Is Your ASC Investment Profitable? 3 Ways To Tell

If you own all or part of an ambulatory surgery center, you’ve invested a lot of money, energy, and time in what is essentially a small business. So how do you ensure your ASC is being managed well on top of everything else you do as an ophthalmologist?

Make sure you spend some time every month or every quarter looking at your ASC’s books and benchmarks, say Stephen Sheppard, CPA, COE and Erin Malloy of Medical Consulting Group, who presented an OOSS University session at AAO 2015.

Here’s what you should expect to see from your ASC’s financial manager:

1. Income statement. Also called a profit and loss statement or P&L, this report summarizes the revenue your ASC brought in, the operating expenses, and the net income. It’s a “dynamic” document, Malloy explains, so it can change month-to-month or quarter-to-quarter.

Seasonality affects most ASCs, with most seeing their heaviest caseloads in Q4 and their lightest caseloads in Q1

It’s smart to analyze months or quarters within a larger context—comparing a quarter to the same quarter the previous year, for example. Why? Seasonality affects most ASCs, with most seeing their heaviest caseloads in Q4 and their lightest caseloads in Q1, says Sheppard. Q4 is typically heavy because Medicare patients have met their deductibles and they “want the second eye done,” Sheppard says.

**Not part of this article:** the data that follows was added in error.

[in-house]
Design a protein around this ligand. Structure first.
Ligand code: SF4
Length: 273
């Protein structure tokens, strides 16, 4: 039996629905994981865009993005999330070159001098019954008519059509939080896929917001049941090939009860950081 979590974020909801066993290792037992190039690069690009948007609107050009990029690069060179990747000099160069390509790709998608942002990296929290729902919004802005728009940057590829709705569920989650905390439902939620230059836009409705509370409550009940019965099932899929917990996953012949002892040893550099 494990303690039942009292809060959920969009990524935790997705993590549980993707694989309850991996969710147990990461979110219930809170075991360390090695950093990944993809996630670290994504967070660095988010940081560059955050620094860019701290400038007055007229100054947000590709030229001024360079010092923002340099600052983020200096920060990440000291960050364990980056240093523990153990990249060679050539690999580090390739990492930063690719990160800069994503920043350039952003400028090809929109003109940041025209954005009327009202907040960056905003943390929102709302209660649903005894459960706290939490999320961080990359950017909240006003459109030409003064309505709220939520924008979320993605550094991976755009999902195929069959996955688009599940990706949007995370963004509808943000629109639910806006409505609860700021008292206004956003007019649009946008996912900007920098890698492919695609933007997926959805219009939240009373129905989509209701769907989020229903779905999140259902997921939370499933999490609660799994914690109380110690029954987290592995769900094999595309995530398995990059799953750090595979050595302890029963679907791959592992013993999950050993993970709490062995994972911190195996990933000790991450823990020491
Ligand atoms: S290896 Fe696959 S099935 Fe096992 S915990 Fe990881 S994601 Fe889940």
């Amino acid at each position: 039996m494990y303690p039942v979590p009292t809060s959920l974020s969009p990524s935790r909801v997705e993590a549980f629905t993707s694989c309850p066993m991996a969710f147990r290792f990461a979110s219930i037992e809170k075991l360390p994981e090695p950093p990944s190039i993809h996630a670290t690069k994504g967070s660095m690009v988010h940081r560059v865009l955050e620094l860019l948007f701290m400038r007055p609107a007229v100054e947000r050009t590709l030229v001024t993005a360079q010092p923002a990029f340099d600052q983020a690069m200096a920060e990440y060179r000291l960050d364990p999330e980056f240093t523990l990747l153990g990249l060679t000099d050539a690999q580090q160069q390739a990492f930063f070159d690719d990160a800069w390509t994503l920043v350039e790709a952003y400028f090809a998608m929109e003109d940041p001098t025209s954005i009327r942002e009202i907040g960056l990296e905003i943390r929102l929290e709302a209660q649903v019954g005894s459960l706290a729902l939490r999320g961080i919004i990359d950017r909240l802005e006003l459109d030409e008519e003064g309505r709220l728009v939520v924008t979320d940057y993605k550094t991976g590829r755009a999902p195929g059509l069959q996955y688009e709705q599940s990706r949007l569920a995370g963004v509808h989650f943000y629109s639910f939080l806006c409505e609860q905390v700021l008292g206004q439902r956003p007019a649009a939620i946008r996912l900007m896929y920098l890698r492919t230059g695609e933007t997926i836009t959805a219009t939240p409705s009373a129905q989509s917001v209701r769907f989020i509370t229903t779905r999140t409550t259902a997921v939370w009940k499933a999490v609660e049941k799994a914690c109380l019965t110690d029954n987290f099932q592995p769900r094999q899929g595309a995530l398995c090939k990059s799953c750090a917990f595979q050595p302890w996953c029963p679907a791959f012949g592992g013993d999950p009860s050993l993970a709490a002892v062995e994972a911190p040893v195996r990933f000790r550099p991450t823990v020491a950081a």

2. Balance sheet. While the income statement is “dynamic,” the balance sheet is a “static” look at your ASC’s financial health. It factors in assets such as inventory and uncollected A/R, as well as liabilities such as mortgages and debts.

3. Cash flow statement. This report captures elements from both the income statement and the balance sheet to gauge the “lifeblood of the center,” Malloy explains.

Good-to-Know: Most ASCs use a cash-based accounting system, recording income when it’s actually received and expenses when they’re actually paid. Why? It’s convenient and simple enough for most bookkeepers to handle, Sheppard says. Larger ASCs are required to use accrual accounting, which records income and expenses as they occur, regardless of whether cash has exchanged hands.

Compare Your ASC’s Numbers Against the Norms

If your ASC’s income is lower than you would like, take a closer look at your biggest expenses—labor and supplies, says Sheppard. Most ASCs have 24-28 percent of net collections allocated to buying surgical supplies and drugs, and 22 percent allocated to paying staff.

Tip: If you’re looking to cut supplies costs, don’t waste your energy fretting about cheap stuff like shoe covers, Sheppard advises. Look at expensive or high-volume surgery items, like IOLs, for example, if you do a lot of cataract surgeries.

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